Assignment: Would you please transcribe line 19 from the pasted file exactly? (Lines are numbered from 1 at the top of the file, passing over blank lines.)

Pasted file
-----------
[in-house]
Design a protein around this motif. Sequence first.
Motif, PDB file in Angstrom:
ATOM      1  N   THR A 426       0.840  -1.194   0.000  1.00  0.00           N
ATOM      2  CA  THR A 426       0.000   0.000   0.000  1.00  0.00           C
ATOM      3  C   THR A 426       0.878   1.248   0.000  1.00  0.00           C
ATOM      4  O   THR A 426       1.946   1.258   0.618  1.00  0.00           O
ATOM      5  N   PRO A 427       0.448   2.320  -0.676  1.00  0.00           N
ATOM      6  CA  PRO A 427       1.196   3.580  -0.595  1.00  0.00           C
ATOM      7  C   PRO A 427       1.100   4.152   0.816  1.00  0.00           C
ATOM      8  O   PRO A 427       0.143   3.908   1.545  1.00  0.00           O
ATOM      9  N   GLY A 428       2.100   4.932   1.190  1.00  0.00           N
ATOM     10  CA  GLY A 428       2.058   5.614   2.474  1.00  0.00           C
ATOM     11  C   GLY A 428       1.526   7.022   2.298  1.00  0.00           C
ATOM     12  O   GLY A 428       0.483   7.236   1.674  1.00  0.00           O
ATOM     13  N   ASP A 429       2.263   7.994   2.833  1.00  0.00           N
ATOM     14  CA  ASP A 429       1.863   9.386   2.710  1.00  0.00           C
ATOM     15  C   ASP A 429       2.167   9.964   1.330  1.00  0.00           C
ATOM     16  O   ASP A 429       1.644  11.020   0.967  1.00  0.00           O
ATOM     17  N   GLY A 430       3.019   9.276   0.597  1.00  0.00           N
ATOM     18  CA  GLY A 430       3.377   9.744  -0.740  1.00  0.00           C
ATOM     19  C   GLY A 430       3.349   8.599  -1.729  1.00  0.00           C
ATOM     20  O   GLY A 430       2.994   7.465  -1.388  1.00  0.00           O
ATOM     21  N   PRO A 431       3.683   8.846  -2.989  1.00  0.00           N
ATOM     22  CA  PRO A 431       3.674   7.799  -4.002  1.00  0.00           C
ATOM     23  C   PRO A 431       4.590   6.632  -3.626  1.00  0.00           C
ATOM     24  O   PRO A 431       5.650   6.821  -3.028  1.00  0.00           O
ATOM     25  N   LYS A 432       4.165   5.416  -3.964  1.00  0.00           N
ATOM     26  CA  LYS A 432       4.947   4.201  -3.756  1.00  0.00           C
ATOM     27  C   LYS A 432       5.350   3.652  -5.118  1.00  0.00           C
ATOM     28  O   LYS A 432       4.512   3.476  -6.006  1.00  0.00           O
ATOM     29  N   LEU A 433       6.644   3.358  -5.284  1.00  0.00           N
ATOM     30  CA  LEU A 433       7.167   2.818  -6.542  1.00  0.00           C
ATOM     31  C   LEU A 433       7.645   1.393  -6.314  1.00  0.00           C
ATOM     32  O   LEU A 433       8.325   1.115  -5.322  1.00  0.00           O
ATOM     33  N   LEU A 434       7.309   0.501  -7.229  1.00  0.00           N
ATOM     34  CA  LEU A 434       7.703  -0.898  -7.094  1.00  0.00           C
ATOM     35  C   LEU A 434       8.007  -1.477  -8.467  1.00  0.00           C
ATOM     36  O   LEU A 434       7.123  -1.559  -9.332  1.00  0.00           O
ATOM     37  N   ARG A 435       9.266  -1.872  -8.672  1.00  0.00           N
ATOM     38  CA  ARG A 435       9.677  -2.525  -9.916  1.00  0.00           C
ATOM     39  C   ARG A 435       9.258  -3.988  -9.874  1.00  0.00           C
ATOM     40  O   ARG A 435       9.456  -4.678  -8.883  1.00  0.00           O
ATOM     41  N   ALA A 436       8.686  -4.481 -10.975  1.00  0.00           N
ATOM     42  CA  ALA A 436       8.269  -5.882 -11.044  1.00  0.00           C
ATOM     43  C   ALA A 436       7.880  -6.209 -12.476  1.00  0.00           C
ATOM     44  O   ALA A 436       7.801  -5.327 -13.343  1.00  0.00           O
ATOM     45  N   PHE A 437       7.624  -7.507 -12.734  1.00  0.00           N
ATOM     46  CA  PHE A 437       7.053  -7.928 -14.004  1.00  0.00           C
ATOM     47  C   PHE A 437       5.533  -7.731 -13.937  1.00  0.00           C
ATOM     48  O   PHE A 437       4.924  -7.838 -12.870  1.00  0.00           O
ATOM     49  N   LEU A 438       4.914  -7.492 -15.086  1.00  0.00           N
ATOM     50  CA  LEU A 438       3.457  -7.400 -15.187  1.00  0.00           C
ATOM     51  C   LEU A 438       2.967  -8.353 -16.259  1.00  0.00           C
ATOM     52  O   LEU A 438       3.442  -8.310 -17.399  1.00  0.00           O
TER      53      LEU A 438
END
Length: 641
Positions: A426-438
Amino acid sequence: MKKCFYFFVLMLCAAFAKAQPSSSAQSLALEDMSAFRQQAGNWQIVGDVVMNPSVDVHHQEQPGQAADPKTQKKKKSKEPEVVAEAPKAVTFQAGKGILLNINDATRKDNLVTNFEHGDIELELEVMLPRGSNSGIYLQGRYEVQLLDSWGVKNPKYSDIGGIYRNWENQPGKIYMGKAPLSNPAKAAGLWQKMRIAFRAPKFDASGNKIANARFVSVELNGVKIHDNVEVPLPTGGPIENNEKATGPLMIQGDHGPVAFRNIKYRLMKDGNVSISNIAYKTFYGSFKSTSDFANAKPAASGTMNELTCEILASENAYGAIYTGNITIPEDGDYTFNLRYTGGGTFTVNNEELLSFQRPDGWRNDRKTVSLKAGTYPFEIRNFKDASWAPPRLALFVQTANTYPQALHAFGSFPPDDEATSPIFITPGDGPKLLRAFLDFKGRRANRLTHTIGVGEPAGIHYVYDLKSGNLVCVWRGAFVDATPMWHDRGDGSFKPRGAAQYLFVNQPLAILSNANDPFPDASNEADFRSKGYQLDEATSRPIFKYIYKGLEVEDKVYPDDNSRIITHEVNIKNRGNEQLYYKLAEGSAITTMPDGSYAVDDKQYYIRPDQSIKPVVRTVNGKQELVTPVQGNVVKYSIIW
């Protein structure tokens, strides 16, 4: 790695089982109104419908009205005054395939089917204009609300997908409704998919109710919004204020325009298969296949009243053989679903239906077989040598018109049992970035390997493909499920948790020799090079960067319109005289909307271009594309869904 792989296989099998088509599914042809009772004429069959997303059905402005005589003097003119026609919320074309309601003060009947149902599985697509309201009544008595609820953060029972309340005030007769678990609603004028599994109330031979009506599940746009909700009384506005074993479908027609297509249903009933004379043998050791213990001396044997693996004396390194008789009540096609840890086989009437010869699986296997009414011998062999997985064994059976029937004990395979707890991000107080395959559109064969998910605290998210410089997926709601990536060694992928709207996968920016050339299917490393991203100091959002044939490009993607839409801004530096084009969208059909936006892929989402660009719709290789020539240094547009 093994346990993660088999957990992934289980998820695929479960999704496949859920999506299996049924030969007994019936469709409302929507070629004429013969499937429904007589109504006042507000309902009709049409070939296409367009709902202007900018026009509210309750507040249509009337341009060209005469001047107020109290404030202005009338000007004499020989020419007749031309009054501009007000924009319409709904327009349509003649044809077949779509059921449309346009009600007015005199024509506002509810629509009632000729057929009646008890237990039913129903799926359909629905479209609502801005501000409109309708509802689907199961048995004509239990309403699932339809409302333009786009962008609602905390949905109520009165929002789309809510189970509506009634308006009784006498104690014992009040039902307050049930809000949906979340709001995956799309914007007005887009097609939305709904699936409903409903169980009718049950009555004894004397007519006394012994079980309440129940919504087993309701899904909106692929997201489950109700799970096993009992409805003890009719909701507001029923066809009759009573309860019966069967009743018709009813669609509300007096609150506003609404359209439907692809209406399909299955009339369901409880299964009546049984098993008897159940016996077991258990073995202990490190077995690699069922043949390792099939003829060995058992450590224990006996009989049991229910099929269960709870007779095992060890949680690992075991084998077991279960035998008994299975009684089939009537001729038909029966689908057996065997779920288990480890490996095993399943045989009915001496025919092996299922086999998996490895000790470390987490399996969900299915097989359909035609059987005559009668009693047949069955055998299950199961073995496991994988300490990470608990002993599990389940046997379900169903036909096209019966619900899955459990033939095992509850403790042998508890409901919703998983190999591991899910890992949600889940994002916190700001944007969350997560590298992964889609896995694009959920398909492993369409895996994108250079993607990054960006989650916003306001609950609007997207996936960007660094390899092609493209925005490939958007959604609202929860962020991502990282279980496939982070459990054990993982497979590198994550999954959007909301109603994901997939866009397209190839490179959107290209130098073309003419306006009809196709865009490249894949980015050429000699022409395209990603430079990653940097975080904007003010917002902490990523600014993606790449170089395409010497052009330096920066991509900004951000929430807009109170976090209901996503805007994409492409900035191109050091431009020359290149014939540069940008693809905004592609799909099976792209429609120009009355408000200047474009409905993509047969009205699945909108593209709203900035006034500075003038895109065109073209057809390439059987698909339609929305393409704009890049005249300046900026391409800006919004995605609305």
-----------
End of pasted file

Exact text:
ATOM     16  O   ASP A 429       1.644  11.020   0.967  1.00  0.00           O